## Abstract

Evolutionary graph theory studies the evolutionary dynamics of populations structured on graphs. A central problem is determining the probability that a small number of mutants overtake a population. Currently, Monte Carlo simulations are used for estimating such fixation probabilities on general directed graphs, since no good analytical methods exist. In this paper, we introduce a novel deterministic framework for computing fixation probabilities for strongly connected, directed, weighted evolutionary graphs under neutral drift. We show how this framework can also be used to calculate the expected number of mutants at a given time step (even if we relax the assumption that the graph is strongly connected), how it can extend to other related models (e.g. voter model), how our framework can provide non-trivial bounds for fixation probability in the case of an advantageous mutant, and how it can be used to find a non-trivial lower bound on the mean time to fixation. We provide various experimental results determining fixation probabilities and expected number of mutants on different graphs. Among these, we show that our method consistently outperforms Monte Carlo simulations in speed by several orders of magnitude. Finally we show how our approach can provide insight into synaptic competition in neurology.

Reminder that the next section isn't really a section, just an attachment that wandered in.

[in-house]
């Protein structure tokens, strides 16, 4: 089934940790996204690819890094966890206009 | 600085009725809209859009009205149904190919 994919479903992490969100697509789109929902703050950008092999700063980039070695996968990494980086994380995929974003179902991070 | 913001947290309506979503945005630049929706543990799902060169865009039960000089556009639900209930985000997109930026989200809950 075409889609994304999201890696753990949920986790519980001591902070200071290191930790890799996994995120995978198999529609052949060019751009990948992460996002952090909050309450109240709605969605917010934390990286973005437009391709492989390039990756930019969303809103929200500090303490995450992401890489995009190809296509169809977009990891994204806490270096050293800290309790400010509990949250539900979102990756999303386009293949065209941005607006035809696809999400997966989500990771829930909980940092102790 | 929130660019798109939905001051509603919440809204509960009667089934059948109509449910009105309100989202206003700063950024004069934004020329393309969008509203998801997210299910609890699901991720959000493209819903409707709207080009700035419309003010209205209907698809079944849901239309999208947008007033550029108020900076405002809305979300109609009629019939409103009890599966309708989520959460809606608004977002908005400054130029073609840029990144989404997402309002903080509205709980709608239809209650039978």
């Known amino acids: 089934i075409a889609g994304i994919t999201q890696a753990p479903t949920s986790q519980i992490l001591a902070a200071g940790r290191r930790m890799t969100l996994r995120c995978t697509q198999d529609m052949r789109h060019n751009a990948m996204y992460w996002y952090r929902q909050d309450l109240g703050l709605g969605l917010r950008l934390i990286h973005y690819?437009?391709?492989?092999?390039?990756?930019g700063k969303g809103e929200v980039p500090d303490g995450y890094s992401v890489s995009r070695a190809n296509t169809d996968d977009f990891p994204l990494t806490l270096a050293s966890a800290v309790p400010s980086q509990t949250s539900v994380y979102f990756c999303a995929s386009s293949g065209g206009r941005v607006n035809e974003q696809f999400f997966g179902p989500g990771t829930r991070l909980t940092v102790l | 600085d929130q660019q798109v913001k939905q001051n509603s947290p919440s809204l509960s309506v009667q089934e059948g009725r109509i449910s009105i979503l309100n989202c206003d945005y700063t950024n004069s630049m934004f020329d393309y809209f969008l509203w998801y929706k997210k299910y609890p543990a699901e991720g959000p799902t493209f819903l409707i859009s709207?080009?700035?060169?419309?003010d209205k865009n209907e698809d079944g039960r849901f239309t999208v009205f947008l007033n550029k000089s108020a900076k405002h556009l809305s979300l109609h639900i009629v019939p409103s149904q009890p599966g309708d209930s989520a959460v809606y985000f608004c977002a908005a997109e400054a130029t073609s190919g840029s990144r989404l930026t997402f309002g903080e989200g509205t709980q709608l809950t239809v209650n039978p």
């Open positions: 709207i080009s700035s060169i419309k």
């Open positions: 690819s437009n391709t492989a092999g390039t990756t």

Original language | English (US) |
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Pages (from-to) | 136-144 |

Number of pages | 9 |

Journal | BioSystems |

Volume | 111 |

Issue number | 2 |

DOIs | |

State | Published - Feb 1 2013 |

Externally published | Yes |

## Keywords

- Complex networks
- Evolutionary dynamics
- Moran process

## ASJC Scopus subject areas

- Statistics and Probability
- Modeling and Simulation
- Biochemistry, Genetics and Molecular Biology(all)
- Applied Mathematics